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MBTA plan adjusts reduced fares, transfer costs

This article is more than 1 year old.

A pandemic-inspired MBTA commuter rail ticket option aimed at workers with hybrid schedules would become permanent under a new proposal that would also slash the price of a single-day unlimited bus and subway pass.

The suite of fare changes MBTA officials presented Thursday at a committee meeting would also allow riders to make more transfers without incurring additional costs and offer additional options for the subset of commuters who qualify for reduced fares.

All of the proposed fare updates are subject to public comment in the coming weeks and would need approval from the agency's board of directors, which will likely vote on the matters at a March 24 meeting. If adopted, most of the changes would take effect July 1.

MBTA General Manager Steve Poftak said the changes would improve equity for riders across demographic groups and prepare the agency for technology changes that will arrive as an automated fare collection system comes online over the next few years.

"If approved by the MBTA's Board in March, these proposals will allow the T to continue to best meet the needs of riders through incremental fare improvements that reflect how they travel now and in the future, while minimizing revenue implications in this time of continued uncertainty," Poftak said.

The proposal would make permanent the commuter rail "FlexPass" mTicket pilot program launched in June 2020. That program offers five days of unlimited commuter rail travel within a 30-day period at a 10 percent discount compared to standard tickets. The program is aimed at workers whose commuting patterns changed due to the pandemic and the rise of remote work.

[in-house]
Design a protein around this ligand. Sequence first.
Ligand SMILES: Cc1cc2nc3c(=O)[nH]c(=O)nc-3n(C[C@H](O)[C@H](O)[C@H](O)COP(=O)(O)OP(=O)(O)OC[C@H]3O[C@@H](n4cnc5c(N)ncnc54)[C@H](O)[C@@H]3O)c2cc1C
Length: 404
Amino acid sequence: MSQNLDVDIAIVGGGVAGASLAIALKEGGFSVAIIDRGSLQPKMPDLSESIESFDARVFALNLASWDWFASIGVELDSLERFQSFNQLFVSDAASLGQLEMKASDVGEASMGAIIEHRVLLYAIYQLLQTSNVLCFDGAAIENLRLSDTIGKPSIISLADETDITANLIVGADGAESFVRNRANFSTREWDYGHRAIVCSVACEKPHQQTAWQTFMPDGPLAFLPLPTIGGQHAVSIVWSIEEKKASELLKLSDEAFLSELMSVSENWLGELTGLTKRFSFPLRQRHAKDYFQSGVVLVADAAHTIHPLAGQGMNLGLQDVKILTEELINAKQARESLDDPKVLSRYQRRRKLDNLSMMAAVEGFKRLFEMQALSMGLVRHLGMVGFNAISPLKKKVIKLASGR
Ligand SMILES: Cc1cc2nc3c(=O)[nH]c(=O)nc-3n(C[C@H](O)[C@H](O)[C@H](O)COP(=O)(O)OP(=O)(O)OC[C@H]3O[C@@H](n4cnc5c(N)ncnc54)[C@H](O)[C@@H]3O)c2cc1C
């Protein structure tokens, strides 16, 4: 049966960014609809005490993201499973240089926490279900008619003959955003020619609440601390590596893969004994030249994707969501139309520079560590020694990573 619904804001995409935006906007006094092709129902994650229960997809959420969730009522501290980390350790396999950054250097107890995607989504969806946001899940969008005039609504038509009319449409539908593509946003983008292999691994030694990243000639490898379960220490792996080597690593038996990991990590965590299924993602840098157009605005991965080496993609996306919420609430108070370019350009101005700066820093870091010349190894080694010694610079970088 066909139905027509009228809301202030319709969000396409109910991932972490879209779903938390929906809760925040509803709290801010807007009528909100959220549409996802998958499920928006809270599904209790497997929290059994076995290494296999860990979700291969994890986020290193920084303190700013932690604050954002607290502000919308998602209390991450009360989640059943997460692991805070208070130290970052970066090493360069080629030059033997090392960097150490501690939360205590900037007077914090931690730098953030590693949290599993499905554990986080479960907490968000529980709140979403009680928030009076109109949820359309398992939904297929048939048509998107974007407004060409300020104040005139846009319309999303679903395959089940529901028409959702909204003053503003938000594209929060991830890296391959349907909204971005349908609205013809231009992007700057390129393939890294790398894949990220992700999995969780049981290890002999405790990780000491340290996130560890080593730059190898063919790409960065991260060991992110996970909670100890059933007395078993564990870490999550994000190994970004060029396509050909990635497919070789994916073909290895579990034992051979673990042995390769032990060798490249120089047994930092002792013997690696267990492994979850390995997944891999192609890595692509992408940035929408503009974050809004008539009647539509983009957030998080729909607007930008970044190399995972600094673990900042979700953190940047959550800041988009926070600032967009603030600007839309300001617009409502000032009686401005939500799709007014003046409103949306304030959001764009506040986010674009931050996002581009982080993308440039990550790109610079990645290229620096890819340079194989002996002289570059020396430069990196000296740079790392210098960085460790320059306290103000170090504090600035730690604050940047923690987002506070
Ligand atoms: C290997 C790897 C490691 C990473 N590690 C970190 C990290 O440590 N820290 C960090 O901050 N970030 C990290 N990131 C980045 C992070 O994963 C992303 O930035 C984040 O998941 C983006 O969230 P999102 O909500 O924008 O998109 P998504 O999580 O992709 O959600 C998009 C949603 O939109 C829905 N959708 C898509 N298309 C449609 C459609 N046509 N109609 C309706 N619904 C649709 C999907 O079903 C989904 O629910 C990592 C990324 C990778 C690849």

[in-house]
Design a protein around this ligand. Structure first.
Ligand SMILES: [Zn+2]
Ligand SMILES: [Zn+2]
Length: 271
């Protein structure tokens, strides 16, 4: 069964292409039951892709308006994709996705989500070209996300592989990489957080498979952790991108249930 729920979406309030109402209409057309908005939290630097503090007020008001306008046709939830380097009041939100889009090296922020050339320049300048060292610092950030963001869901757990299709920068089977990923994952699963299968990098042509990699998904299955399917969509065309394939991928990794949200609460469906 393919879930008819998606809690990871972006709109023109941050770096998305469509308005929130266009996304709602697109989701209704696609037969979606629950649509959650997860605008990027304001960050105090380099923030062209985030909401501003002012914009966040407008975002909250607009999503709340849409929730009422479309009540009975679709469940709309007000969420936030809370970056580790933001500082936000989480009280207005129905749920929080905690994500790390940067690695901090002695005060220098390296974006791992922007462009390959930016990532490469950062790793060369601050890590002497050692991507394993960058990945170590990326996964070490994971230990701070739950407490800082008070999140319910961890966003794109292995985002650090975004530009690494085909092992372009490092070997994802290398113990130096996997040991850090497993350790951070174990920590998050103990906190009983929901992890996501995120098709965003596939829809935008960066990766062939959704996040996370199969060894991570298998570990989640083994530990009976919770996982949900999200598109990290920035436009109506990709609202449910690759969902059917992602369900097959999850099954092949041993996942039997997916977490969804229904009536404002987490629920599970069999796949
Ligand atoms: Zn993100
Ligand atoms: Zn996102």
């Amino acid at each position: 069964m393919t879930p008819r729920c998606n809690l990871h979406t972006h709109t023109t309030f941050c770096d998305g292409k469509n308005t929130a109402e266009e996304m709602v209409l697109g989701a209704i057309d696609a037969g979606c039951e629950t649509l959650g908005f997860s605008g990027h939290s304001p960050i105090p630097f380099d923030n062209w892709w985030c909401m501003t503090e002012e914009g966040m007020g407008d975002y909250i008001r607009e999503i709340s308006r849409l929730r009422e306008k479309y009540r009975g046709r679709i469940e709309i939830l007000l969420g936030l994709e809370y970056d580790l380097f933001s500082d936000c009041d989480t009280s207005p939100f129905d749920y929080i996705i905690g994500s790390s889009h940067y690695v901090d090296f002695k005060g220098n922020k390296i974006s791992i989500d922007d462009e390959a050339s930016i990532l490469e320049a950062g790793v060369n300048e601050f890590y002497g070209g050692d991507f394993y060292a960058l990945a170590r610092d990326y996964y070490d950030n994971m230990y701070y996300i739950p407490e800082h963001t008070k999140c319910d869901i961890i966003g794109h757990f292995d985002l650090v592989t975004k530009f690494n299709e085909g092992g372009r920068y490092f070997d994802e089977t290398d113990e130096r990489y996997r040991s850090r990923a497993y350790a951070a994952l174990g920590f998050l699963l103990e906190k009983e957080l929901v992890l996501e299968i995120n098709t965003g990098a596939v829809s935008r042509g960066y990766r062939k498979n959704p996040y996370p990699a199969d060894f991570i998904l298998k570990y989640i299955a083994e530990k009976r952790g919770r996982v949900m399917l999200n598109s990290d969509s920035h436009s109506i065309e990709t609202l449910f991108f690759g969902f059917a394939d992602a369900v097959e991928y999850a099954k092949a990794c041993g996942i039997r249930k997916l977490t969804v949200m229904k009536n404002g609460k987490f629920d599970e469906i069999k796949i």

T officials suggested lowering the cost of a single-day LinkPass — which offers unlimited local bus, subway, Silver Line, commuter rail Zone 1A and Charlestown Ferry service — from $12.75 to $11.

The MBTA offers reduced fares to people with disabilities and Medicare cardholders, seniors ages 65 and older, middle and high school students at schools enrolled in the Student Pass Program, and low-income young adults between the ages of 18 and 25.

The changes include three new options for the riders who currently qualify for reduced fares: launching a seven-day unlimited LinkPass for $10, less than half the $22.50 cost for a traditional seven-day pass; offering monthly passes on the commuter rail, ferries and express buses for about 50 percent of full price; and allowing use of reduced-fare LinkPasses within the commuter rail's Zone 1A and the Charlestown Ferry.

While agency officials will push their new plan to make more ticket types available for reduced-fare riders, they are not seeking to change eligibility criteria or expand the pool of people who can access those options.

Lawmakers and transportation advocates have been ramping up pressure on the T to expand reduced-fare options, particularly amid the COVID-19 pandemic that wrought disproportionate damage on low-income areas and communities of color.

At the same time, calls have been growing for public transit to move away from reliance on fares altogether, with Boston Mayor Michelle Wu making the push for fare-free options a centerpiece of her campaign.

Ridership dropped sharply early in the pandemic and remains well below pre-COVID levels after slow but steady recovery. In December, Poftak told the agency's board that the number of riders hovered between 65 percent and 70 percent of February 2020 levels for bus routes, between 45 percent and 50 percent for subway and commuter rail lines, and between 35 and 40 percent for ferries. The T has been able to offset its plunge in revenues from fares with the arrival of substantial federal COVID-19 relief funds.

Another portion of the fare plan would allow riders to make additional transfers on a single tap without paying again. Under current policy, most travelers can make one transfer between buses and subways and can transfer twice only if they go from a bus route to the subway back to another bus route. The new plan would allow second transfers in any combination between local and express buses and subways.

MBTA staff presented the proposal Thursday morning to the agency's Audit and Finance Subcommittee ahead of a full board meeting scheduled for Jan. 27.

Officials plan a virtual public meeting at 6 p.m. on Feb. 10 and another public hearing at 6 p.m. on Feb. 17 to discuss the proposed fare changes. Online public comment will be accepted through March 3.



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